Xanthorrhoea minor

November Wildflowers: Part 1

The last month of Spring seems to be the peak flowering period for Australian native plants that grow around here. In November they were the most spectacular, as well as the most plentiful.  Leading into this month, rainfall had been good, the dam was full, and the ground moist. The late Spring sun shone down on blooms of violet, yellow, pink, blue and white.

So here is part one of November Wildflowers.

I’m a much better photographer now that I was in November, so please forgive the blurry photographs.

Plain Sun-orchid Thelymitra nuda R. Br.

I took this photograph before I realised it was an orchid, otherwise I would have taken several more.  If my memory serves me well, it was a deeper shade of purple than this photo shows. My camera seems to have an aversion to photographing blue and violet flowers clearly. It must be something to do with the light.

Sun Orchid
There are a few different species of Sun Orchid, but I think we have the Plain Sun-orchid Thelymitra nuda R. Br.
Small Grass-tree Xanthorrhoea minor

The back third of our property is littered with Xanthorrhoea minor.  Most of the year, it looks like scrubby grassland, but in November this land turns into an exotic garden, filled with two metre flower spikes and drifts of butterflies.  I can’t wait to see them in bloom again.

Xanthorrhoea minor
The flower spikes on the Xanthorrhoea minor were spectacular – almost two metres in length
Xanthorrhoea minor
The soft, almost velvety flower spikes were rich in nectar, attracting multitudes of butterflies for months.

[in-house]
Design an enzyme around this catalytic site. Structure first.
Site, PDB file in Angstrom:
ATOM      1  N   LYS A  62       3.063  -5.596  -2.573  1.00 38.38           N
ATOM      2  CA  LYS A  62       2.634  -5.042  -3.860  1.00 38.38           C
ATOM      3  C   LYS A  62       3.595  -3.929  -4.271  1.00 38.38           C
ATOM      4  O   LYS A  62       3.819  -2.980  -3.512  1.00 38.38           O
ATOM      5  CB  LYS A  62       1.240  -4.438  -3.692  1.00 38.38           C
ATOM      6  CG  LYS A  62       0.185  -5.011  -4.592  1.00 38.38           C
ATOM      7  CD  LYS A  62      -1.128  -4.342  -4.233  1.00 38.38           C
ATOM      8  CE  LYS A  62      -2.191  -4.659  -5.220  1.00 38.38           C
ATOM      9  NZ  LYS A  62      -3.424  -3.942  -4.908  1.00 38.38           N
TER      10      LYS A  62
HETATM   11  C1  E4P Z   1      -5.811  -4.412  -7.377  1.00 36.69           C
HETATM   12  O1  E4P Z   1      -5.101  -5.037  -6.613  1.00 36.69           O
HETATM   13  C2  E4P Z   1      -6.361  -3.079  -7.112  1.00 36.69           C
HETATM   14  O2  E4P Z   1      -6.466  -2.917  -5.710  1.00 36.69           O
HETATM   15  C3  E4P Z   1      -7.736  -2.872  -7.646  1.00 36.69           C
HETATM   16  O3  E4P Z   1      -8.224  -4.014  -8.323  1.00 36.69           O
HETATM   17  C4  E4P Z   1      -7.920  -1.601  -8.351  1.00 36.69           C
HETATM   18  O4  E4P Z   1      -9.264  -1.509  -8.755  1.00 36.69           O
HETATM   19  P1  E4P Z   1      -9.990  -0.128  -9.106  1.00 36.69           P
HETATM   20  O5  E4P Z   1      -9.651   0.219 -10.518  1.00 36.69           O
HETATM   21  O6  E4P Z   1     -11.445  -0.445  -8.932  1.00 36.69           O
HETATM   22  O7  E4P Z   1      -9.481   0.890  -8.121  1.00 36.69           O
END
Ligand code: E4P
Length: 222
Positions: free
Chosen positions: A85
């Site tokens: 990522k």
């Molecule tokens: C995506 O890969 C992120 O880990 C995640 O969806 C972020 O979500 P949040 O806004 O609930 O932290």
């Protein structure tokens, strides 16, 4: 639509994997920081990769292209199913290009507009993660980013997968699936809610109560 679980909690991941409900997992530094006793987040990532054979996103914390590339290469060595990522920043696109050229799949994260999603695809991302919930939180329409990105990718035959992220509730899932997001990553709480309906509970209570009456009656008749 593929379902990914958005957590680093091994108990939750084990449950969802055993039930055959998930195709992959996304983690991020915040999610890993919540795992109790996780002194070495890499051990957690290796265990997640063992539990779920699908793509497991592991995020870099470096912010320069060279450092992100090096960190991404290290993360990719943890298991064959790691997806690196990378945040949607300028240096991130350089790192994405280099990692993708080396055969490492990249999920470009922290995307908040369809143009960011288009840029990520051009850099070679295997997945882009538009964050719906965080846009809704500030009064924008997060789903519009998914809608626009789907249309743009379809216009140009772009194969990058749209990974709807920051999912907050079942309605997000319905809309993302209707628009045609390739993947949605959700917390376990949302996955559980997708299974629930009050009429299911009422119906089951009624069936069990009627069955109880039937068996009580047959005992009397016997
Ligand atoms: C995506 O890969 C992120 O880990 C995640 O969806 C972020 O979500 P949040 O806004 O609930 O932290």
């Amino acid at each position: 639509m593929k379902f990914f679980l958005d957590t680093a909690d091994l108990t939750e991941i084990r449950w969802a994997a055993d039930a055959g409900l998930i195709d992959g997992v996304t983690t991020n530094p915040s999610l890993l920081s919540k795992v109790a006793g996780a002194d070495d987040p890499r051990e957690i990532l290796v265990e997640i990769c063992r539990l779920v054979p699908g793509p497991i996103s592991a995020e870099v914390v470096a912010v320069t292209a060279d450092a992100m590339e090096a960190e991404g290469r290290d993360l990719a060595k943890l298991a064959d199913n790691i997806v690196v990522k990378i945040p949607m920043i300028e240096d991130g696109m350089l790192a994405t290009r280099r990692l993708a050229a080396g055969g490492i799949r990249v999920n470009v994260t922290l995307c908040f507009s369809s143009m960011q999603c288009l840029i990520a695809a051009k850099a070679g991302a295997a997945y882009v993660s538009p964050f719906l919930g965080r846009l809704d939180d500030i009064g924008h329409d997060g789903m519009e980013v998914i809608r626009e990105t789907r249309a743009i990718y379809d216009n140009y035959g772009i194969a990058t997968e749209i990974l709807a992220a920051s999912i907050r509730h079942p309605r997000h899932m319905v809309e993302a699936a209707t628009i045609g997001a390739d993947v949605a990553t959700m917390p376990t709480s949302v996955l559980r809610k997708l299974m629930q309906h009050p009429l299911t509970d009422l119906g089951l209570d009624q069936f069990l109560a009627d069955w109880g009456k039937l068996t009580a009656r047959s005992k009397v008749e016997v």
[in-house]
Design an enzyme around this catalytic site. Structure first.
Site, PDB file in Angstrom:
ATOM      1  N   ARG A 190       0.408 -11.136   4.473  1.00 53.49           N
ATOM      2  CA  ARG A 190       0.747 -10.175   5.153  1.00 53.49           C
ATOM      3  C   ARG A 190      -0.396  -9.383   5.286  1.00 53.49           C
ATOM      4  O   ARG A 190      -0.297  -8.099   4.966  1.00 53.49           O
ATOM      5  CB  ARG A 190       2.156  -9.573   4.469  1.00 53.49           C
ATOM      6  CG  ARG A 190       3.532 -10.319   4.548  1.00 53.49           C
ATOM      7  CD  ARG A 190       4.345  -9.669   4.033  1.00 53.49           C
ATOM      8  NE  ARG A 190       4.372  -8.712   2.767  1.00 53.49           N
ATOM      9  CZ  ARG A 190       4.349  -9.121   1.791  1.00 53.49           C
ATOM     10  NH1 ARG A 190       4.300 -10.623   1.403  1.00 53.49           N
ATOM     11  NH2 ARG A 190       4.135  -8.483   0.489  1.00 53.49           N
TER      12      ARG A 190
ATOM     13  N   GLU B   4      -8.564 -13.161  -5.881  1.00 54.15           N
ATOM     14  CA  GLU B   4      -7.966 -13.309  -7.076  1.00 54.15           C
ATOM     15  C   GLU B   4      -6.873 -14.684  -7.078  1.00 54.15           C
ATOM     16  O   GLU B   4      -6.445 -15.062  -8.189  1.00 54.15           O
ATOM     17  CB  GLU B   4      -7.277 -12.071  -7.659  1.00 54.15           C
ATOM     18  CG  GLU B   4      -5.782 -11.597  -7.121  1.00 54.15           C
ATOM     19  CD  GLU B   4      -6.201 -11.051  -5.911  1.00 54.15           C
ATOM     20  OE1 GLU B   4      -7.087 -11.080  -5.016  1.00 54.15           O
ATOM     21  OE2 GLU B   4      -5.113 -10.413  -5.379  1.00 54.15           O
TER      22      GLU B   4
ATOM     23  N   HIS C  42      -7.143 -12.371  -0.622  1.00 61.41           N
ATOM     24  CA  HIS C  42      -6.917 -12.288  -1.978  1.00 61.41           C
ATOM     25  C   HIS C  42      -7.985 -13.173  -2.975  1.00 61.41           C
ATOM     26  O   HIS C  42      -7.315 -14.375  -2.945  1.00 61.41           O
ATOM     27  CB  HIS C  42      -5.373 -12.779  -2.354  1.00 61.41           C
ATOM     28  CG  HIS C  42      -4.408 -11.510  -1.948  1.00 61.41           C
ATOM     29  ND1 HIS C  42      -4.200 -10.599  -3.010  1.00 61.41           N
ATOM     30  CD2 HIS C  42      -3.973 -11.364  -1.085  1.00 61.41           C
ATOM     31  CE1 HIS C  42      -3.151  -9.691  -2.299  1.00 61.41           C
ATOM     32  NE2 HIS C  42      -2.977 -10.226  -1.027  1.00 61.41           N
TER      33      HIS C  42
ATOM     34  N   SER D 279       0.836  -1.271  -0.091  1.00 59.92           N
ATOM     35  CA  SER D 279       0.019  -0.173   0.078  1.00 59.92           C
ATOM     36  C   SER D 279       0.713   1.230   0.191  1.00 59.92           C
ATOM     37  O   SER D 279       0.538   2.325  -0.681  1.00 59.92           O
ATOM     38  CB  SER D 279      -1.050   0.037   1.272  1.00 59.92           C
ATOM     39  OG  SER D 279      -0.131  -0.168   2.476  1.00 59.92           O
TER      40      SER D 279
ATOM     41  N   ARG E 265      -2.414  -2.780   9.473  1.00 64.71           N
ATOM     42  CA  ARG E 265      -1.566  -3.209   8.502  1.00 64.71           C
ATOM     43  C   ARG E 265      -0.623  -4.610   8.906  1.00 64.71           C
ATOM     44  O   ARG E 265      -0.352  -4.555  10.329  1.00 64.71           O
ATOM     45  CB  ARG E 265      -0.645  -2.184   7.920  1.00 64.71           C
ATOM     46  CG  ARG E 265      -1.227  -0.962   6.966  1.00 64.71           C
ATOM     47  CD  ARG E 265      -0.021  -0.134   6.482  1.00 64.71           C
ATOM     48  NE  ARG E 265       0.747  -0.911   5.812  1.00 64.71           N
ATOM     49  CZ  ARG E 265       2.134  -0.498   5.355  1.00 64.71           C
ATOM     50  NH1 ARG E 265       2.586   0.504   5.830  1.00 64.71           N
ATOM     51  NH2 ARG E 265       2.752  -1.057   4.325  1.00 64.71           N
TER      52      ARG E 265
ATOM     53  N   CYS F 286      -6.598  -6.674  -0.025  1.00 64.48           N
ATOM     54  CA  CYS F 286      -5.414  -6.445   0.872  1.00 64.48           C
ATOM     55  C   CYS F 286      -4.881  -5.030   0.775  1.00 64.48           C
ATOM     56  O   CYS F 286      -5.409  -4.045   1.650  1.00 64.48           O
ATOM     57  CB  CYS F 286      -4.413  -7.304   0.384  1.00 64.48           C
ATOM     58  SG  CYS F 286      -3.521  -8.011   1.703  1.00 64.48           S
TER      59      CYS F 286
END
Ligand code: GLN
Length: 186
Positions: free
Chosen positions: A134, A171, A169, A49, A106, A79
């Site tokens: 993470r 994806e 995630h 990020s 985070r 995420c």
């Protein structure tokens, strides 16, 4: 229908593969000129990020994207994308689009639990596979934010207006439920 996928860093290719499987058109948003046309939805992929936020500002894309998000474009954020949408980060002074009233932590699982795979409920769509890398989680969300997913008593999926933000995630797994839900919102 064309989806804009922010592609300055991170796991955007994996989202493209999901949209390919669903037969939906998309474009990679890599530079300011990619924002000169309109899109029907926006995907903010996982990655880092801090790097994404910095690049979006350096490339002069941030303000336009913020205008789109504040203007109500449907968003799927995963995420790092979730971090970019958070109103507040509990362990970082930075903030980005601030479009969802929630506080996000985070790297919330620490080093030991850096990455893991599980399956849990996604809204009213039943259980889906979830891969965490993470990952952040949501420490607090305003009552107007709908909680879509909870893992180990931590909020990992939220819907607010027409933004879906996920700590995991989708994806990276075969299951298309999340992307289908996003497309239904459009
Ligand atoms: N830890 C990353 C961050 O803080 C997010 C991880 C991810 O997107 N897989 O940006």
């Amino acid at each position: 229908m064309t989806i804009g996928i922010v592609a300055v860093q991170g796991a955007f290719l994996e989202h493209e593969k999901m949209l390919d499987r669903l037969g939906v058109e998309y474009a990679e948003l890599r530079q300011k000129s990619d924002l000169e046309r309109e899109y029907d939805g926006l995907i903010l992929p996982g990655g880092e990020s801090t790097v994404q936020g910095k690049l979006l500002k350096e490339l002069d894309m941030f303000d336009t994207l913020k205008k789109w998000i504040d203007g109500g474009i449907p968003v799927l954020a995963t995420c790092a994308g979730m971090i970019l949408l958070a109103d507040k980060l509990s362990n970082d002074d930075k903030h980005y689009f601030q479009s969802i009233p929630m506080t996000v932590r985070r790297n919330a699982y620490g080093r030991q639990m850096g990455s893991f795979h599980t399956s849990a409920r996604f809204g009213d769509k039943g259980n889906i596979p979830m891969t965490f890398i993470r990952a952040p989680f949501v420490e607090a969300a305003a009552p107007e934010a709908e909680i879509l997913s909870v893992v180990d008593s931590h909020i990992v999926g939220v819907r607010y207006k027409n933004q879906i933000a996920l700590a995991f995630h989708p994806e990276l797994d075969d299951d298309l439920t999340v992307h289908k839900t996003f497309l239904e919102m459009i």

Xanthorrhoea minor
The height of these flower spikes meant it was possible to see where the plants were growing – even when we could not see the plant itself.
Xanthorrhoea minor
Butterflies feeding on the nectar.
Chocolate Lily Arthropodium strictum

Unfortunately I did not manage to take a photo of this flower while it was still in the ground.  It was growing in a location which was being slashed to prepare for the fire season.  At the last-minute, I rescued this one, simply so I could photograph it.  My recollection is that Chocolate Lilies were fairly common in November.  Hopefully they will grow again this November so I can capture the full flower.

There are a few different types of Chocolate Lily and my photograph is not clear enough to distinguish which particular one it may be.

Looking at the sad state of the lily in these photos makes me feel sad that we couldn’t leave it where it was growing.

Chocolate Lily
Another name for the Chocolate Lily is the Grass Lily. As you can see from the buds, it had many blooms to emerge.
Chocolate Lily
The structure of the flower can partly be seen here. Three large frilly petals and in between these, three long narrow petals, with deep purple stamens.

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